Does Energy Storage Compensate for Thirsty Concentrating Solar Thermal Power Plants?

Date: 28 Jul 2011 | posted in: Energy, Energy Self Reliant States | 1 Facebooktwitterredditmail

Concentrating solar thermal power has promised big additions to renewable energy production with the additional benefit of energy storage.  But with significant water consumption in desert locations, is the energy storage benefit of concentrating solar enough to compete with the dramatically falling cost of solar PV?

In May, I compared the water consumption of fossil fuel power plants to various solar technologies, noting that wet-cooled concentrating solar thermal power (think big mirrors) uses more water per megawatt-hour (MWh) than any other technology.  The following chart, from the earlier post, illustrates the amount of water used to produce power from various technologies. 

Water consumption can be cut dramatically by using “dry-cooling,” but this change increases the cost per kilowatt-hour (kWh) of power generated from concentrating solar power (CSP).  In the 2009 report Juice from Concentrate, the World Resources Institute reports that the reduction in water consumption adds 2-10 percent to levelized costs and reduces the power plant’s efficiency by up to 5 percent. 

Let’s see how that changes our original levelized cost comparison between CSP and solar PV.  First, here’s the original chart comparing PV projects to CSP projects, with no discussion of water use or energy storage.

To make the comparison tighter, we’ll hypothetically transform the CSP plants from wet-cooled to dry-cooled, adjusting the levelized cost of power.

Using the midpoint of each estimate from Juice from Concentrate (6 percent increase to levelized costs and 2.5 percent efficiency reduction), the change in the cost per kWh for dry-cooling instead of wet-cooling is small but significant.  For example, all three concentrating solar power projects listed in the chart are wet-cooled power plants.  With a 6% increase in costs from dry cooling and a 2.5% reduction in efficiency, the delivered cost of electricity would rise by approximately 1.7 cents per kWh.

The following chart, modified from our earlier post, illustrates the comparison.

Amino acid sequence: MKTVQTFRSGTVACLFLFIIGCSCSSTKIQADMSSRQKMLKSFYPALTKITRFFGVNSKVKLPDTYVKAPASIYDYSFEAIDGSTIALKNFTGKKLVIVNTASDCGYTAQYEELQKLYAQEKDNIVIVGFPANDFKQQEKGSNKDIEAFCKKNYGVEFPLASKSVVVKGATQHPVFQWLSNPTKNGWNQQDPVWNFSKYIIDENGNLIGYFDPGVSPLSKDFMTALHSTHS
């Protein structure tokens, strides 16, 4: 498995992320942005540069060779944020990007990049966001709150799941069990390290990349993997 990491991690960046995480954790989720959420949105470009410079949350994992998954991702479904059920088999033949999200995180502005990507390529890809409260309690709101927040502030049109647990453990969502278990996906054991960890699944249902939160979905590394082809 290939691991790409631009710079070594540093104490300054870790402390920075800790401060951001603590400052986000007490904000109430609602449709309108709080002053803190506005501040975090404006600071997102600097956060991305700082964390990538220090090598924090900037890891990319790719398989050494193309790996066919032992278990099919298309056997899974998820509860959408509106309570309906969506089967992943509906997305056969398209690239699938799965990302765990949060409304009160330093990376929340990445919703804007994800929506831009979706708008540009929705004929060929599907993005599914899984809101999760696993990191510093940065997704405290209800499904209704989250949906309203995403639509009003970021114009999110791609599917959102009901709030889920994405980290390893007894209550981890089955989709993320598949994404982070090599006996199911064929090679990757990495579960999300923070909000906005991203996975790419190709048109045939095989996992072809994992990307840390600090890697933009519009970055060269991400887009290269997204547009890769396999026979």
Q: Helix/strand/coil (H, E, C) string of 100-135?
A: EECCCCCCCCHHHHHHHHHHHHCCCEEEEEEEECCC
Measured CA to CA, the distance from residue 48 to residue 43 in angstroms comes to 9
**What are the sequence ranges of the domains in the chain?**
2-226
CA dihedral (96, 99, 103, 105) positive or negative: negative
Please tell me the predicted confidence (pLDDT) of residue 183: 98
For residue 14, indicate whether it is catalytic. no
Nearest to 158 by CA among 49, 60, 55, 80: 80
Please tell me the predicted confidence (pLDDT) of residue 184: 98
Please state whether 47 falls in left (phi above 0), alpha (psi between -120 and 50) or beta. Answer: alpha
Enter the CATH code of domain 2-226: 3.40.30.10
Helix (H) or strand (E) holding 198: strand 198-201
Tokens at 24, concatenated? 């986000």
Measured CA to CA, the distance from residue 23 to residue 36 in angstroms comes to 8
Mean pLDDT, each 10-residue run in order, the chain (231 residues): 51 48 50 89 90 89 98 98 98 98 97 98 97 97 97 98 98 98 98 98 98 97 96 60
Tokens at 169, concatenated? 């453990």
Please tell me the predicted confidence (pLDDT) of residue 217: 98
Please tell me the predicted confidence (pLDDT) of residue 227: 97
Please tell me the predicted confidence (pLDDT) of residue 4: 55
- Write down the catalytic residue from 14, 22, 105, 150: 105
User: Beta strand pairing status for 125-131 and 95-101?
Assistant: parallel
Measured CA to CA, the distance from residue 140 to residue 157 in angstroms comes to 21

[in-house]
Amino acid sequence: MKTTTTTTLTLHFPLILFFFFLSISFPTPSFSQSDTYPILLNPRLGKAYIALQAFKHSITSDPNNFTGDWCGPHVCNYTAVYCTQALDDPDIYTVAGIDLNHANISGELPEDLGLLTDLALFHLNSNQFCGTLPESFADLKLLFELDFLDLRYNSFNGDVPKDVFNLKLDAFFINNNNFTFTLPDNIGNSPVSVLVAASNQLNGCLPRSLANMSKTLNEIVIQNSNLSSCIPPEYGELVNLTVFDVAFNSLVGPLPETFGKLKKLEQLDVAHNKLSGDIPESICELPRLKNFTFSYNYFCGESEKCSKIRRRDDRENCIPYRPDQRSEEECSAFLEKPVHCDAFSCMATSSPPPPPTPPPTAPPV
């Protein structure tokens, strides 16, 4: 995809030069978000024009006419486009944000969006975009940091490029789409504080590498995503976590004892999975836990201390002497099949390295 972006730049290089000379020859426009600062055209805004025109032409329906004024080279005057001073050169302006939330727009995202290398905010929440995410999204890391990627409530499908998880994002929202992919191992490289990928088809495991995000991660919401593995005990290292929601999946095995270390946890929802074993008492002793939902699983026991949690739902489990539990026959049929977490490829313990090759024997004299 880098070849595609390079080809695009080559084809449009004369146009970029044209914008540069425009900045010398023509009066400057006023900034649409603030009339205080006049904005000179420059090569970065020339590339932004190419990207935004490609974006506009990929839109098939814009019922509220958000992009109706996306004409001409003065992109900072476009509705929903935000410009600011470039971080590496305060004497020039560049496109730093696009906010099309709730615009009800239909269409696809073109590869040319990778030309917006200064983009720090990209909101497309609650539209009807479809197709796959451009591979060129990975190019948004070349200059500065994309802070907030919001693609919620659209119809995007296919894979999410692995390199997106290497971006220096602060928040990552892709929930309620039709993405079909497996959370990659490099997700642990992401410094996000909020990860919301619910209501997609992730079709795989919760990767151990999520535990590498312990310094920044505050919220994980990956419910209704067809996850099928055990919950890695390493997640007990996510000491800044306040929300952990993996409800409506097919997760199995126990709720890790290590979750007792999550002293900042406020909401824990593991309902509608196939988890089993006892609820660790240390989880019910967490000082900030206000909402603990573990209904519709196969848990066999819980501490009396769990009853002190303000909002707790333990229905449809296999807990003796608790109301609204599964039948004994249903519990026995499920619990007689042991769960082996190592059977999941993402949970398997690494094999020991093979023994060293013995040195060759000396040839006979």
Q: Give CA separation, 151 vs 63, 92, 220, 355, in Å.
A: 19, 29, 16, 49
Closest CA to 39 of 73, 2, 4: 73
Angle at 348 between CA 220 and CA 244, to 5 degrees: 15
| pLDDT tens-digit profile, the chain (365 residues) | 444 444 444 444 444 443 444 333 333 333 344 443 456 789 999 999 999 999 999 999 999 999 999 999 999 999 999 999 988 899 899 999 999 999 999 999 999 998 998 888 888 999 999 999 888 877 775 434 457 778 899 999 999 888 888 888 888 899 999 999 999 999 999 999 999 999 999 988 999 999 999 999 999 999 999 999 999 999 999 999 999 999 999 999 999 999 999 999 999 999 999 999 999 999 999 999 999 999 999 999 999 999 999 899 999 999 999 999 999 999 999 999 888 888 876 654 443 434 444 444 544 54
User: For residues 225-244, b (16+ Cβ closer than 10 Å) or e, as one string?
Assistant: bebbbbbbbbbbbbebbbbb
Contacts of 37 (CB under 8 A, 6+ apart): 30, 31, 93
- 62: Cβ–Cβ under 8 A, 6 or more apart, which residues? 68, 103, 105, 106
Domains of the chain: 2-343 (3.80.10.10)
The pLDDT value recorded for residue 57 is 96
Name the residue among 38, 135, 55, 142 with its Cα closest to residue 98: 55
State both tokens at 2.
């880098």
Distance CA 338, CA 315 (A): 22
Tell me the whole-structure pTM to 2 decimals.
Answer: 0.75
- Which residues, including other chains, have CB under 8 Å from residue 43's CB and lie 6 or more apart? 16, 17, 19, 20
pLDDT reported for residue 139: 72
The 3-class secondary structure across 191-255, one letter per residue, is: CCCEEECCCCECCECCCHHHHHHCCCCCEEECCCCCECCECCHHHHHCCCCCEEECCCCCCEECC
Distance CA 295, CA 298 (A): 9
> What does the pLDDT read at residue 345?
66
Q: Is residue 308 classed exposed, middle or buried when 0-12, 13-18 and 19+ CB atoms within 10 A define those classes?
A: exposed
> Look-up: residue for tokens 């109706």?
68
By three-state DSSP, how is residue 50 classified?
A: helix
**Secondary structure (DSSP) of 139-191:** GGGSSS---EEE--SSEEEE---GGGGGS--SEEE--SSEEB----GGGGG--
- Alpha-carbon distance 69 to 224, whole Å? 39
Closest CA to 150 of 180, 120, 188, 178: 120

With the increased costs to reduce water consumption, CSP’s price is much less competitive with PV.  In our May post, we noted that a distributed solar PV program by Southern California Edison has projected levelized costs of 17 cents per kWh for 1-2 MW solar arrays, and that a group purchase program for residential solar in Los Angeles has a levelized cost of just 20 cents per kWh.

In other words, while wet-cooled CSP already struggles to compete with low-cost, distributed PV, using dry cooling technology makes residential-scale PV competitive with CSP.

But there’s one more piece: storage.


While Nevada Solar One was built without storage, the PS10 and PS20 solar towers were built with 1 hour of thermal energy storage.  Let’s see how that changes the economics. 

To make the comparison comparable, we’ll add the cost of 1 hour of storage to our two PV projects, a cost of approximately $0.50 per Watt, or 2.4 cents per kWh.  The following chart illustrates a comparison of PV to CSP, with all projects having 1 hour of storage (Nevada Solar One has been removed as it does not have storage). 

When comparing CSP with storage (and lower water use) to PV with battery storage, we have a comparison that is remarkably similar to our first chart.  Distributed PV at a commercial scale (1-2 MW) is still cheaper than CSP, but residential PV is more expensive. 

Even though dry-cooled CSP competes favorably on price, it still uses much more water than PV.  That issue is probably why many solar project developers are switching from CSP to PV technology for their large-scale desert projects.

Without a significant cost advantage, the water use of CSP may mean an increasing shift to PV technology.

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U.S Grid Can Handle Lots of Solar PV with Low Integration Costs

Date: 10 Mar 2011 | posted in: Energy, Energy Self Reliant States | 0 Facebooktwitterredditmail

A state such as New York should be capable of absorbing and benefiting from well over 7 GW of high- value PV without having to incur significant integration costs beyond the cost of PV itself, further noting that the storage sizes involved could well be met with a smart deployment of interactive plug-in transportation...the low-cost penetration potential is large enough to allow for the development of a considerable localized, high-value PV generation market worth 100’s of GW in the US.